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RUSSIA

Could Norway end up in direct conflict with Russia?

The security crisis in Europe shows no signs of dying down, and Russia's aggression in Ukraine is also affecting Norway's national security. Here's what experts think about the latest developments.

A tank.
Here's what experts have said about the security situation in Norway. File photo: Soldiers from the Norwegian Armed Forces operate a tank as they participate in the international military exercise Cold Response 22, at Setermoen, North of in Norway. Photo by Jonathan Nackstrand/ AFP)

Norway raised its military readiness earlier this week due to Russia’s aggression in Ukraine and the security policy situation the war has led to in Europe.

Speaking at a recent press conference, Norway’s Prime Minister Jonas Gahr Støre warned that the country was faced with “the most serious security policy situation in decades.”

While the decision to increase the national preparedness level was not based on any direct threat against Norway, according to Støre, the war in Europe and increased tensions are shaping domestic security policy.

In the past few weeks, numerous reports have been about illegal drone activity in the vicinity of strategic objects and energy installations in Norway. Several Russian citizens have been arrested in connection with such activity.

More recently a Russian was citizen detained on suspicion of working under a false identity as a Russian spy at the University of Tromsø.

Neighbourly relations between Oslo and Moscow are at a low point. But is there any real chance that Norway will end up in direct conflict with Russia?

Norway’s role in Russia’s war of aggression

Monday’s decision to increase military preparedness in the country came as no surprise to experts.

“The Norwegian government’s decision to increase the level of military preparedness did not come as a surprise. The decision was taken against the backdrop of various external developments that may adversely affect state and societal security in Norway.

“Key among these are, of course, Russia’s war in Ukraine and the general deterioration of the security situation in Europe,” Kristian Åtland, a senior research fellow at the Norwegian Defence Research Establishment, told The Local.

On the other hand, Tormod Heier, a professor at the Norwegian Defense University College, told The Local that Norway now has a very exposed role in Russia’s war in Ukraine.

“The increased level of preparedness is clear evidence of Norway’s increasingly exposed role in Russia’s Ukraine war. Right now, Norway is probably one of the most crucial actors in the broader conflict in Europe.

“In part, this is because north Norway is a key provider of military intelligence to US and NATO forces, which are deeply concerned about Russia’s submarine-launched nuclear missiles on the Kola Peninsula, some 40 to 120 kilometres off the Norwegian-Russian border in Finnmark county. And partly also because the sea bed outside South Norway has become the most prominent energy reservoir for European gas supply throughout the coming winter.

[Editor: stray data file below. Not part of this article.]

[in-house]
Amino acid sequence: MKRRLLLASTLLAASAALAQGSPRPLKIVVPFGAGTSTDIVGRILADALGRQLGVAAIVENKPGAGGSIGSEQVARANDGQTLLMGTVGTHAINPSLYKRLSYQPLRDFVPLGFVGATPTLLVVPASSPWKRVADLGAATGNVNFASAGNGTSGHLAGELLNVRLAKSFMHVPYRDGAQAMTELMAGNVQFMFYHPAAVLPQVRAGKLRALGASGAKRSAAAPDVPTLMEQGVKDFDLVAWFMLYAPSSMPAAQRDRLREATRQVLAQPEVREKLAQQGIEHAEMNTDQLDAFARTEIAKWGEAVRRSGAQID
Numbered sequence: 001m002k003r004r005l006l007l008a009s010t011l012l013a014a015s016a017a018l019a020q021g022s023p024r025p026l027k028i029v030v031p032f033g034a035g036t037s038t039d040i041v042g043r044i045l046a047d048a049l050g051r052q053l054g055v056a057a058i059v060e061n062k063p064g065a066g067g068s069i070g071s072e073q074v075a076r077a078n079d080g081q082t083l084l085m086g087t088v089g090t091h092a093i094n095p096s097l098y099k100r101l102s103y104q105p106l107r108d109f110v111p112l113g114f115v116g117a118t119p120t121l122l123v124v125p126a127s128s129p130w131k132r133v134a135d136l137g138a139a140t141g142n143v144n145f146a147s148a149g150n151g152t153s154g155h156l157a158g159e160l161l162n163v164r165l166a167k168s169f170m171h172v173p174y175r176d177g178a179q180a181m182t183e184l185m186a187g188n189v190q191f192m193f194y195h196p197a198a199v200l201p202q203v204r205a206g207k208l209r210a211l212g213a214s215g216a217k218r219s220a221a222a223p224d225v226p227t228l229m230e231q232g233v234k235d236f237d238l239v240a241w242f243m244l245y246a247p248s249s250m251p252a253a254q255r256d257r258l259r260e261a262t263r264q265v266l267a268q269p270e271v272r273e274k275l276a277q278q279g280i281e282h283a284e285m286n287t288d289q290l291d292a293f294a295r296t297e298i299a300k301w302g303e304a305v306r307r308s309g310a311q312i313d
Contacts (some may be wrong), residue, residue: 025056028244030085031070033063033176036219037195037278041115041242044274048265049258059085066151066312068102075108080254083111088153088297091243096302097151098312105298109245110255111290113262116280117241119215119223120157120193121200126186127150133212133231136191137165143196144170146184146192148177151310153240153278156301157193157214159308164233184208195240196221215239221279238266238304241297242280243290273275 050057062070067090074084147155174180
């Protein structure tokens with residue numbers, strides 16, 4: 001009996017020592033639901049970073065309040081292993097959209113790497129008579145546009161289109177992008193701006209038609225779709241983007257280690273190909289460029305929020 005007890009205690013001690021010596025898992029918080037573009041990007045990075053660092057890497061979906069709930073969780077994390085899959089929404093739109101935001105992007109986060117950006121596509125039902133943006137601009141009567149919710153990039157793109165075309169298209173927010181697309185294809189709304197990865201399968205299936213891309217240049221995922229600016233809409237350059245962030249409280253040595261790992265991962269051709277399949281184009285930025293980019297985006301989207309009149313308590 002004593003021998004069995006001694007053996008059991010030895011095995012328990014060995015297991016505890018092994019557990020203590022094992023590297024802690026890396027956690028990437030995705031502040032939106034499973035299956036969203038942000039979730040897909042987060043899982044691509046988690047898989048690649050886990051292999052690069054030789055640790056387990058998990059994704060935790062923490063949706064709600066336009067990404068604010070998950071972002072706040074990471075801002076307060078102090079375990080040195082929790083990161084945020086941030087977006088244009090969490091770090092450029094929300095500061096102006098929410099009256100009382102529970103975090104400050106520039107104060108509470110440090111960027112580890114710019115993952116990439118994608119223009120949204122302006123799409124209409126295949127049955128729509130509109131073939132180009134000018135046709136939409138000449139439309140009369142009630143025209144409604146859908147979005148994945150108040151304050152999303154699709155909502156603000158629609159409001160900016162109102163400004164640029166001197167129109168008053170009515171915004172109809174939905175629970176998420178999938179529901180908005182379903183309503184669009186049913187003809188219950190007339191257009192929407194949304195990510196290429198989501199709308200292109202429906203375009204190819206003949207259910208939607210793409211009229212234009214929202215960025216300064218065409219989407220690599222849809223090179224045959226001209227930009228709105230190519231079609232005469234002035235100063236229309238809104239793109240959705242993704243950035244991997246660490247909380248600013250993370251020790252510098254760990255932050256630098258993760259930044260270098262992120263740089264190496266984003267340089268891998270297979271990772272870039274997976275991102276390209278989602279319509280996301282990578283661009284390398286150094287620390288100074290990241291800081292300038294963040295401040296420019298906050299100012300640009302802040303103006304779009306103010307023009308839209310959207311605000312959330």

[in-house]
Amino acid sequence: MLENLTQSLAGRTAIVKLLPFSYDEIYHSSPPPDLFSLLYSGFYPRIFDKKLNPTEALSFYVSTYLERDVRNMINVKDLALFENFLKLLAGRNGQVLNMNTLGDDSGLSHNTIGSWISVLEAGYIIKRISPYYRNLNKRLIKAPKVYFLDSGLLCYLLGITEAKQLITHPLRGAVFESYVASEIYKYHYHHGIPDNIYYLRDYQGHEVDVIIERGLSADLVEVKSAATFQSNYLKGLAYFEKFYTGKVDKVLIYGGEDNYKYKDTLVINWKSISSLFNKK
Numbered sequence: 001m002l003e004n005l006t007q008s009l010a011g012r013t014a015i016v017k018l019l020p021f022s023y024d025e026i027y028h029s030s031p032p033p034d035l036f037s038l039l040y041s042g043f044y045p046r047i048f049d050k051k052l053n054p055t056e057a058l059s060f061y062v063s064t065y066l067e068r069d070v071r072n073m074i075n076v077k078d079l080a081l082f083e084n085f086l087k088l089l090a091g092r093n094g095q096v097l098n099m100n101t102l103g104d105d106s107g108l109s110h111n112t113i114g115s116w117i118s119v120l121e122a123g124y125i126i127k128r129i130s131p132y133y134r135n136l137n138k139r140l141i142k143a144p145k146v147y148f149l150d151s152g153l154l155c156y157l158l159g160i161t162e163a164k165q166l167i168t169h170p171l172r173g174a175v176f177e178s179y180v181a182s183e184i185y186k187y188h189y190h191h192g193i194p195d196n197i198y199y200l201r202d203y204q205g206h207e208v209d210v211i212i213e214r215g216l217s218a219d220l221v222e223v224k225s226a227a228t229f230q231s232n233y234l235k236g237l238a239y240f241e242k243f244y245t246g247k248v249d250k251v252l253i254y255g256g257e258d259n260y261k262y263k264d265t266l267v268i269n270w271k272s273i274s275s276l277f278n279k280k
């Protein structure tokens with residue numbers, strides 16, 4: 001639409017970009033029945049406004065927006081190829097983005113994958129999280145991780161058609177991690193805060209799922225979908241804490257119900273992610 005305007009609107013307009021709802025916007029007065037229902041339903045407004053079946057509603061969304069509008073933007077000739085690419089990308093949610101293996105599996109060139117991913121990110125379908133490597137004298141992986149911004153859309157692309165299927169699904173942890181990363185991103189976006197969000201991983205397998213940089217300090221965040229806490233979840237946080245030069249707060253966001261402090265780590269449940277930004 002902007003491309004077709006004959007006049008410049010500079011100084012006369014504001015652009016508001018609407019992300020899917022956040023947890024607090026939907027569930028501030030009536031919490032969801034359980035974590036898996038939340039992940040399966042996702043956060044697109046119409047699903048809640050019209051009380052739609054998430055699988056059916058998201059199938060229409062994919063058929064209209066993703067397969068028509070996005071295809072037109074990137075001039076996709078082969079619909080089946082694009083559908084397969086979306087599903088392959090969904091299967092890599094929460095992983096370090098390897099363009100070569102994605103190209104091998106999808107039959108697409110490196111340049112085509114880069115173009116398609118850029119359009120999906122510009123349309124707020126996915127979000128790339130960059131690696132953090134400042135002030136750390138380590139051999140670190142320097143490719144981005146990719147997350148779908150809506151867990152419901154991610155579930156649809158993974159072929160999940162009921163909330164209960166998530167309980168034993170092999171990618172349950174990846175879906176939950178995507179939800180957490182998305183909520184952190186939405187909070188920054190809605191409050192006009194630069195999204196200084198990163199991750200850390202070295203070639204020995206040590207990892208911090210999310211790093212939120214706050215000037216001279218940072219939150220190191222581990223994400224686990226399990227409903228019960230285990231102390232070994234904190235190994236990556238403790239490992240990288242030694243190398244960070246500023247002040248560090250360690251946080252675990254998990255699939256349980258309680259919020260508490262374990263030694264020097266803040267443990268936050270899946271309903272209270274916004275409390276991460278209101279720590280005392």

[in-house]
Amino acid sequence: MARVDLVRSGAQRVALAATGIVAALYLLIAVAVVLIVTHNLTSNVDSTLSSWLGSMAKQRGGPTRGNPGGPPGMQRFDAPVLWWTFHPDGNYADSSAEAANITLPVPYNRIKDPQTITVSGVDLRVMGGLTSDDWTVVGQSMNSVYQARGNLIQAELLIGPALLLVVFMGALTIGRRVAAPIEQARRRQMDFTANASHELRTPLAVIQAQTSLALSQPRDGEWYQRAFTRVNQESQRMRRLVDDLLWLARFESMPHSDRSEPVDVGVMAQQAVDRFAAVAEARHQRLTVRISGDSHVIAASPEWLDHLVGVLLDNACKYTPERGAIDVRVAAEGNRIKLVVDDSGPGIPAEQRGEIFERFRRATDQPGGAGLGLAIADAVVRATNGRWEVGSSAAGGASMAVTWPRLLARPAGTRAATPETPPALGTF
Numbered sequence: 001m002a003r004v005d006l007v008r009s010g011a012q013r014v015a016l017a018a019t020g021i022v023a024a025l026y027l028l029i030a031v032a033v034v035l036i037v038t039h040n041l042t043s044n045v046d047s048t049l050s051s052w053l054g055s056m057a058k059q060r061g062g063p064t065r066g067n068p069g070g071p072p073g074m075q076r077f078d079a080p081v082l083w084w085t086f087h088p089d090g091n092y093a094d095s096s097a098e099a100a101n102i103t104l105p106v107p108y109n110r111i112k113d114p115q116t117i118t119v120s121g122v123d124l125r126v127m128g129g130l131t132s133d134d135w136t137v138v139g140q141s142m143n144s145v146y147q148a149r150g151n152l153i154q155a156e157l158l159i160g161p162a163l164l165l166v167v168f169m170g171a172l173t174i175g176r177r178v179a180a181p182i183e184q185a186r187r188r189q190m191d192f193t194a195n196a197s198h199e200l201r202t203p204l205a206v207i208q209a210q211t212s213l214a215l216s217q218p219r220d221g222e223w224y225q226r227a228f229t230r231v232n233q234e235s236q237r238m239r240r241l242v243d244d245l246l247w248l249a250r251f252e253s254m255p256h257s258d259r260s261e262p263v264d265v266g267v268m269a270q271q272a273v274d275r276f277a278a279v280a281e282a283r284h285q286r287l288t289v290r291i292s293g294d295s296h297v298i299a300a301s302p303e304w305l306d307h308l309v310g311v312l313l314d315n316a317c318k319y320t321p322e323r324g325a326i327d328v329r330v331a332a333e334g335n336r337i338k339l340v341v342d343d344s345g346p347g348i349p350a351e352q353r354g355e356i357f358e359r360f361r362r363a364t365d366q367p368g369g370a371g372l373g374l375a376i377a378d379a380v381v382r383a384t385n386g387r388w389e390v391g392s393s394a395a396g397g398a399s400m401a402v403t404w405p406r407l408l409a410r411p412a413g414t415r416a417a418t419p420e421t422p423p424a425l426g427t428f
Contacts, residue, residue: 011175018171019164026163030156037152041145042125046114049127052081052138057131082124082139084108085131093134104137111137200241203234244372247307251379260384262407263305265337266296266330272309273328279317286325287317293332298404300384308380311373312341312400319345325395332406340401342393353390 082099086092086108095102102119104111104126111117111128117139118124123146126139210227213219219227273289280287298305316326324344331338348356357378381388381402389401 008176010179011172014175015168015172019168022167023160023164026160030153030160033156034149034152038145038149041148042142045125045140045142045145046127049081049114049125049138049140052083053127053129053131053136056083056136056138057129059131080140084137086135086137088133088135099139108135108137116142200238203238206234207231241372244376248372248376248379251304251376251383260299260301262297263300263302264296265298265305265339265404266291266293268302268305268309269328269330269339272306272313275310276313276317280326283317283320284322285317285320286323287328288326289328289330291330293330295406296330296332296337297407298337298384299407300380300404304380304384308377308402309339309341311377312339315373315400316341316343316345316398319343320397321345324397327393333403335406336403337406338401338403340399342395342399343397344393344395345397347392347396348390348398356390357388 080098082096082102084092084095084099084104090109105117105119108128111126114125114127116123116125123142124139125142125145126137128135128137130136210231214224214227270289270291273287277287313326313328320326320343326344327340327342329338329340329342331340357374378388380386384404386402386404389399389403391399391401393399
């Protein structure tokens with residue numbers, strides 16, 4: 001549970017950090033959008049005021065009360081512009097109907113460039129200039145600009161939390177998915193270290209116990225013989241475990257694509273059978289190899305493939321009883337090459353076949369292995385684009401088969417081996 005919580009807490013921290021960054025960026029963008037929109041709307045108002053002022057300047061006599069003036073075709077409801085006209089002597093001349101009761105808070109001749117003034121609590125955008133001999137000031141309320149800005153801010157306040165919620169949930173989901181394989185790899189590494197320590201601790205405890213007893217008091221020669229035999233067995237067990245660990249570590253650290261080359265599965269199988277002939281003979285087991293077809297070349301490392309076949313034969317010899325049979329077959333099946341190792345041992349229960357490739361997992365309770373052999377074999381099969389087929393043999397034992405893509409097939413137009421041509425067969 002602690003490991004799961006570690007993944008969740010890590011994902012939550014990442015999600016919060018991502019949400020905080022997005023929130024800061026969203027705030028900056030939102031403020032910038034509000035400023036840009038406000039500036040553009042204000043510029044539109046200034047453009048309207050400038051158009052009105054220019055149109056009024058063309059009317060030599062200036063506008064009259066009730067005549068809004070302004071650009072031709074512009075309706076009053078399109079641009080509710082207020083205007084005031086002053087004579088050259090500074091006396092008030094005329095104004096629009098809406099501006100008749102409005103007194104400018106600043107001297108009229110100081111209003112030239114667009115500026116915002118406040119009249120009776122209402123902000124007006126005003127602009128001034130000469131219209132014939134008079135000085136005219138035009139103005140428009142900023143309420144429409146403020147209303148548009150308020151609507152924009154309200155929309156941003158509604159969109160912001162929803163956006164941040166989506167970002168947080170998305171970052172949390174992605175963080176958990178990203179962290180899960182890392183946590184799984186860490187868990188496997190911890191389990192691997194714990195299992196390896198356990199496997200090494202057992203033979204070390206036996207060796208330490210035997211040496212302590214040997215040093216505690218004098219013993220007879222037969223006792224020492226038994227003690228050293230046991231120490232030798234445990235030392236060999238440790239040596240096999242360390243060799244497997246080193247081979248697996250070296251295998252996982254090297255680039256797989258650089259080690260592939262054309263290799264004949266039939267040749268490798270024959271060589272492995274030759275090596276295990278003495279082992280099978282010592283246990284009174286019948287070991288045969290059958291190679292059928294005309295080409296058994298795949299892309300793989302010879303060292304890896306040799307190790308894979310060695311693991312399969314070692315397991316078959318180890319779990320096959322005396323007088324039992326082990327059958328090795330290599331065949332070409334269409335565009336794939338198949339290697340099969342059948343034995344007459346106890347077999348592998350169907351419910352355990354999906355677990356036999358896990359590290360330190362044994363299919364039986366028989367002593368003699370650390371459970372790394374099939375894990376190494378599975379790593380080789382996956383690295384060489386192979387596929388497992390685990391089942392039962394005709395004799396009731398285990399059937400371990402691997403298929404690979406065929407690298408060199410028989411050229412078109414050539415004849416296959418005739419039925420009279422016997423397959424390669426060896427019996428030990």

“Together, the roles of supplying the United States and Europe with intelligence and gas suggests that Norway has become a more valuable target on Russia’s potential ‘target list,'” Heier explained.

Russia and Norway have a long tradition of interacting in the High North – the northern regions of Norway, the Svalbard archipelago, the island of Jan Mayen, and the waters between the Greenland Sea and the Pechora Sea.

Åtland noted that, as things now stand in the High North, it is important for Norway to remain vigilant in the region.

“The High North has traditionally been an important arena for interaction between Norway and Russia. In the current security environment, marked by an increased level of tension between Russia and the West, it is important that we remain vigilant about the risks that we face in this region, including so-called hybrid threats,” the expert stated.

On his end, Heier accentuated that Norwegian and Russian forces have a common interest in not accelerating the tensions in the Barents Sea region.

“The security margins between Russian and NATO forces in the High North are shrinking. This is because Russia has never been more vulnerable since World War II; its conventional forces are suffering heavy losses in Ukraine, while Russia’s key rival, the United States, is back in Europe and the High North with a lot of weapons and a firm leadership – adding to this is Sweden’s and Finland’s slide towards NATO, and the plausible rise of the German Bundeswehr.

“In this context, Russia’s military chain-of-command is likely characterised by some paranoia, leading commanders to pursue strategic deterrence exercises and ‘show-of-force.’ In this tense period, Norwegian and Russian forces have a common interest in not accelerating the tension in the Barents Sea region. Preventing a negative spill-over effect from the Ukraine War to the High North is crucial for both parties.

“This leads to the conclusion that professional and predictable behaviour may still be expected from Russian forces as well as from Norwegian and allied forces operating out from north Norway,” Heier said.